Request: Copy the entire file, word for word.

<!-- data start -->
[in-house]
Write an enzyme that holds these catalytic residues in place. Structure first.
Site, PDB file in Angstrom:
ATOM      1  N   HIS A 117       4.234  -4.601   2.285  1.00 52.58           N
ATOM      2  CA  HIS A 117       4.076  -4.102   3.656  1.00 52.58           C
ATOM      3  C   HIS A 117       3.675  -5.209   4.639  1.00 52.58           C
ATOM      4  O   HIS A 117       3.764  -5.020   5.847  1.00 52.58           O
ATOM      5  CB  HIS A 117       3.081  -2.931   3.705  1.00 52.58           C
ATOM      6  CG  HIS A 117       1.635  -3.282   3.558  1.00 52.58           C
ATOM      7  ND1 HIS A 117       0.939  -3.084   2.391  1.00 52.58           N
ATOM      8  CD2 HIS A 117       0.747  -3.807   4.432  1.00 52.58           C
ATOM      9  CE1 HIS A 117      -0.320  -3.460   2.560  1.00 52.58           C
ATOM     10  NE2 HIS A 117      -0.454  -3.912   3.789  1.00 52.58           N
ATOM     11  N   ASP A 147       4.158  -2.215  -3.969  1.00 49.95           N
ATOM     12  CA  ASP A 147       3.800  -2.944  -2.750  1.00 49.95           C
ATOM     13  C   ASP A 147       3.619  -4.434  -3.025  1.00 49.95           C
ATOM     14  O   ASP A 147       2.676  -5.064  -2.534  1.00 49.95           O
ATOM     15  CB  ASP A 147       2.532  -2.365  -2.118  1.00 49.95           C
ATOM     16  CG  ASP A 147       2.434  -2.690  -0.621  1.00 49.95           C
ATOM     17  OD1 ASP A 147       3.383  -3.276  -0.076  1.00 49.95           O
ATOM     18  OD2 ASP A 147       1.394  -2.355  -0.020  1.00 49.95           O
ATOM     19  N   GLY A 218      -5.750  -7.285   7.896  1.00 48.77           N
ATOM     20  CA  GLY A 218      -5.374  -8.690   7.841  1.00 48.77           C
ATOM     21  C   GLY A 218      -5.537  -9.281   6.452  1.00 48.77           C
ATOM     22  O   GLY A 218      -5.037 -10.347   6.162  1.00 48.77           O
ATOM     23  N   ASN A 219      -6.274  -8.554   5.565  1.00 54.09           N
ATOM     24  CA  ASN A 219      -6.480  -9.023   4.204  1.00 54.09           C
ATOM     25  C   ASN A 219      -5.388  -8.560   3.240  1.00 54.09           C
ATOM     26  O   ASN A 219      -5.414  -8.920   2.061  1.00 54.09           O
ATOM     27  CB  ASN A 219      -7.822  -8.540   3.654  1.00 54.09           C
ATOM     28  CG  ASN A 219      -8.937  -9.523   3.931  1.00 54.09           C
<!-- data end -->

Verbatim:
[in-house]
Write an enzyme that holds these catalytic residues in place. Structure first.
Site, PDB file in Angstrom:
ATOM      1  N   HIS A 117       4.234  -4.601   2.285  1.00 52.58           N
ATOM      2  CA  HIS A 117       4.076  -4.102   3.656  1.00 52.58           C
ATOM      3  C   HIS A 117       3.675  -5.209   4.639  1.00 52.58           C
ATOM      4  O   HIS A 117       3.764  -5.020   5.847  1.00 52.58           O
ATOM      5  CB  HIS A 117       3.081  -2.931   3.705  1.00 52.58           C
ATOM      6  CG  HIS A 117       1.635  -3.282   3.558  1.00 52.58           C
ATOM      7  ND1 HIS A 117       0.939  -3.084   2.391  1.00 52.58           N
ATOM      8  CD2 HIS A 117       0.747  -3.807   4.432  1.00 52.58           C
ATOM      9  CE1 HIS A 117      -0.320  -3.460   2.560  1.00 52.58           C
ATOM     10  NE2 HIS A 117      -0.454  -3.912   3.789  1.00 52.58           N
ATOM     11  N   ASP A 147       4.158  -2.215  -3.969  1.00 49.95           N
ATOM     12  CA  ASP A 147       3.800  -2.944  -2.750  1.00 49.95           C
ATOM     13  C   ASP A 147       3.619  -4.434  -3.025  1.00 49.95           C
ATOM     14  O   ASP A 147       2.676  -5.064  -2.534  1.00 49.95           O
ATOM     15  CB  ASP A 147       2.532  -2.365  -2.118  1.00 49.95           C
ATOM     16  CG  ASP A 147       2.434  -2.690  -0.621  1.00 49.95           C
ATOM     17  OD1 ASP A 147       3.383  -3.276  -0.076  1.00 49.95           O
ATOM     18  OD2 ASP A 147       1.394  -2.355  -0.020  1.00 49.95           O
ATOM     19  N   GLY A 218      -5.750  -7.285   7.896  1.00 48.77           N
ATOM     20  CA  GLY A 218      -5.374  -8.690   7.841  1.00 48.77           C
ATOM     21  C   GLY A 218      -5.537  -9.281   6.452  1.00 48.77           C
ATOM     22  O   GLY A 218      -5.037 -10.347   6.162  1.00 48.77           O
ATOM     23  N   ASN A 219      -6.274  -8.554   5.565  1.00 54.09           N
ATOM     24  CA  ASN A 219      -6.480  -9.023   4.204  1.00 54.09           C
ATOM     25  C   ASN A 219      -5.388  -8.560   3.240  1.00 54.09           C
ATOM     26  O   ASN A 219      -5.414  -8.920   2.061  1.00 54.09           O
ATOM     27  CB  ASN A 219      -7.822  -8.540   3.654  1.00 54.09           C
ATOM     28  CG  ASN A 219      -8.937  -9.523   3.931  1.00 54.09           C